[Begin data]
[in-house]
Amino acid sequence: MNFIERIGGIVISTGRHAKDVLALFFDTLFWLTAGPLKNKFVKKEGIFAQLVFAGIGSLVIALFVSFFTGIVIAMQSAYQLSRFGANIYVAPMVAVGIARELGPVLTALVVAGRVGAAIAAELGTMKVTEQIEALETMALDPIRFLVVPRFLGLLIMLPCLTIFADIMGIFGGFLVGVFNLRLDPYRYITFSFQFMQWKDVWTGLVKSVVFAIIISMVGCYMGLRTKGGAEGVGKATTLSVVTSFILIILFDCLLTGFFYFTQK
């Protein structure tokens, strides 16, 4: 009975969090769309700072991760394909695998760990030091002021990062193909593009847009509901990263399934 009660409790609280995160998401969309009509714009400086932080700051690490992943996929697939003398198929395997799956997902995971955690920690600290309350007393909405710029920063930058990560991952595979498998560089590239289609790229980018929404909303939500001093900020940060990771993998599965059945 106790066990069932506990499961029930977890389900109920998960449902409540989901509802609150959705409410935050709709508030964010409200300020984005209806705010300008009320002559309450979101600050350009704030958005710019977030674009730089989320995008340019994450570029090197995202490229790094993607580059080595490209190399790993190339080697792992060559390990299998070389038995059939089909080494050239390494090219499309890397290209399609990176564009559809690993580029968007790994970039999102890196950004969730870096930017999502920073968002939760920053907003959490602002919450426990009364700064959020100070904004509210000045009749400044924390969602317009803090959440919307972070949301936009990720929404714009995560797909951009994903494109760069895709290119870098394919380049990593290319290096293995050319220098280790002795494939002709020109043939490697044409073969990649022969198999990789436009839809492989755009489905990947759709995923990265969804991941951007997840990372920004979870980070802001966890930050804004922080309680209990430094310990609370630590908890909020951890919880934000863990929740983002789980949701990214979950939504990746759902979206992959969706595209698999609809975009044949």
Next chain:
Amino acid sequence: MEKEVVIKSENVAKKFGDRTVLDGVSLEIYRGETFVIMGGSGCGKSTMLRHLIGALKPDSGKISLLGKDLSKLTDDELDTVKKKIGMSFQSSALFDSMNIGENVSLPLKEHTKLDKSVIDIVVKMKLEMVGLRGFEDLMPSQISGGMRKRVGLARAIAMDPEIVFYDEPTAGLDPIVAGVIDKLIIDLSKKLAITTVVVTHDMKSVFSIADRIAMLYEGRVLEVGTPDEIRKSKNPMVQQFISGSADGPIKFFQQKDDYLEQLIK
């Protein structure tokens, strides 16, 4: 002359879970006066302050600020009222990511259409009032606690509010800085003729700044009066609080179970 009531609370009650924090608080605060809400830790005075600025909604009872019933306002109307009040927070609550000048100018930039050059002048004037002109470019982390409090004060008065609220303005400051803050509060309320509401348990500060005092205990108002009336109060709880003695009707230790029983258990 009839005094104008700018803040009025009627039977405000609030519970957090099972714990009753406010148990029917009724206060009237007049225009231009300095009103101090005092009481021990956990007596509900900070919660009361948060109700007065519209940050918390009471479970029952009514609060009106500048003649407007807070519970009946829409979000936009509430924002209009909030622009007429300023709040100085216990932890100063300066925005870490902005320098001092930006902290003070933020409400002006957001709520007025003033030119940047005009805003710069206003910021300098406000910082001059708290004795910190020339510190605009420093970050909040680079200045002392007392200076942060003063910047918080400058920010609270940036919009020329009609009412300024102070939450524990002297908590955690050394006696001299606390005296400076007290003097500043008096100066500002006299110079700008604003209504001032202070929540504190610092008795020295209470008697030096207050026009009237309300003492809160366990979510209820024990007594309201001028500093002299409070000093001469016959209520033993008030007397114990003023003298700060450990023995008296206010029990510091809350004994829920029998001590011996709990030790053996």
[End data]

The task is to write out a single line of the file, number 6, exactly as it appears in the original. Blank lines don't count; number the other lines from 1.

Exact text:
């Protein structure tokens, strides 16, 4: 002359879970006066302050600020009222990511259409009032606690509010800085003729700044009066609080179970 009531609370009650924090608080605060809400830790005075600025909604009872019933306002109307009040927070609550000048100018930039050059002048004037002109470019982390409090004060008065609220303005400051803050509060309320509401348990500060005092205990108002009336109060709880003695009707230790029983258990 009839005094104008700018803040009025009627039977405000609030519970957090099972714990009753406010148990029917009724206060009237007049225009231009300095009103101090005092009481021990956990007596509900900070919660009361948060109700007065519209940050918390009471479970029952009514609060009106500048003649407007807070519970009946829409979000936009509430924002209009909030622009007429300023709040100085216990932890100063300066925005870490902005320098001092930006902290003070933020409400002006957001709520007025003033030119940047005009805003710069206003910021300098406000910082001059708290004795910190020339510190605009420093970050909040680079200045002392007392200076942060003063910047918080400058920010609270940036919009020329009609009412300024102070939450524990002297908590955690050394006696001299606390005296400076007290003097500043008096100066500002006299110079700008604003209504001032202070929540504190610092008795020295209470008697030096207050026009009237309300003492809160366990979510209820024990007594309201001028500093002299409070000093001469016959209520033993008030007397114990003023003298700060450990023995008296206010029990510091809350004994829920029998001590011996709990030790053996």